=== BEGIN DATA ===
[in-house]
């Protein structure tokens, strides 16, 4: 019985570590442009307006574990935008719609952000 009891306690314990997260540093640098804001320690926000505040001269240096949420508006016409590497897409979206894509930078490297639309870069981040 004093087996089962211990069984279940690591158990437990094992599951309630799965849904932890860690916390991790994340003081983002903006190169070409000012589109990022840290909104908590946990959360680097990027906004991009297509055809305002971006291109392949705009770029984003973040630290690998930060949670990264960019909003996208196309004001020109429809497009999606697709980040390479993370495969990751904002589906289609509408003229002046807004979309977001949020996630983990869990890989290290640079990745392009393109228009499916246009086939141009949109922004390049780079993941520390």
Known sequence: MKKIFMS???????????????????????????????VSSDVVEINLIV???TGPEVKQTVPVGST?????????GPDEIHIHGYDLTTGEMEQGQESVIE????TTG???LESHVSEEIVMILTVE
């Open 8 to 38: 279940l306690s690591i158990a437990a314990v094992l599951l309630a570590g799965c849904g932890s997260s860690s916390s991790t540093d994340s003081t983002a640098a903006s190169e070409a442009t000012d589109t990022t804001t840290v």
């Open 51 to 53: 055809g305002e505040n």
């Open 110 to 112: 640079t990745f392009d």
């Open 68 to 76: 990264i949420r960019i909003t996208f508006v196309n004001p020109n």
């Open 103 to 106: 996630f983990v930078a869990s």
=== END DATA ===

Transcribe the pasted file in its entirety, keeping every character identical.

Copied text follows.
[in-house]
């Protein structure tokens, strides 16, 4: 019985570590442009307006574990935008719609952000 009891306690314990997260540093640098804001320690926000505040001269240096949420508006016409590497897409979206894509930078490297639309870069981040 004093087996089962211990069984279940690591158990437990094992599951309630799965849904932890860690916390991790994340003081983002903006190169070409000012589109990022840290909104908590946990959360680097990027906004991009297509055809305002971006291109392949705009770029984003973040630290690998930060949670990264960019909003996208196309004001020109429809497009999606697709980040390479993370495969990751904002589906289609509408003229002046807004979309977001949020996630983990869990890989290290640079990745392009393109228009499916246009086939141009949109922004390049780079993941520390």
Known sequence: MKKIFMS???????????????????????????????VSSDVVEINLIV???TGPEVKQTVPVGST?????????GPDEIHIHGYDLTTGEMEQGQESVIE????TTG???LESHVSEEIVMILTVE
């Open 8 to 38: 279940l306690s690591i158990a437990a314990v094992l599951l309630a570590g799965c849904g932890s997260s860690s916390s991790t540093d994340s003081t983002a640098a903006s190169e070409a442009t000012d589109t990022t804001t840290v």
């Open 51 to 53: 055809g305002e505040n």
């Open 110 to 112: 640079t990745f392009d």
């Open 68 to 76: 990264i949420r960019i909003t996208f508006v196309n004001p020109n």
């Open 103 to 106: 996630f983990v930078a869990s």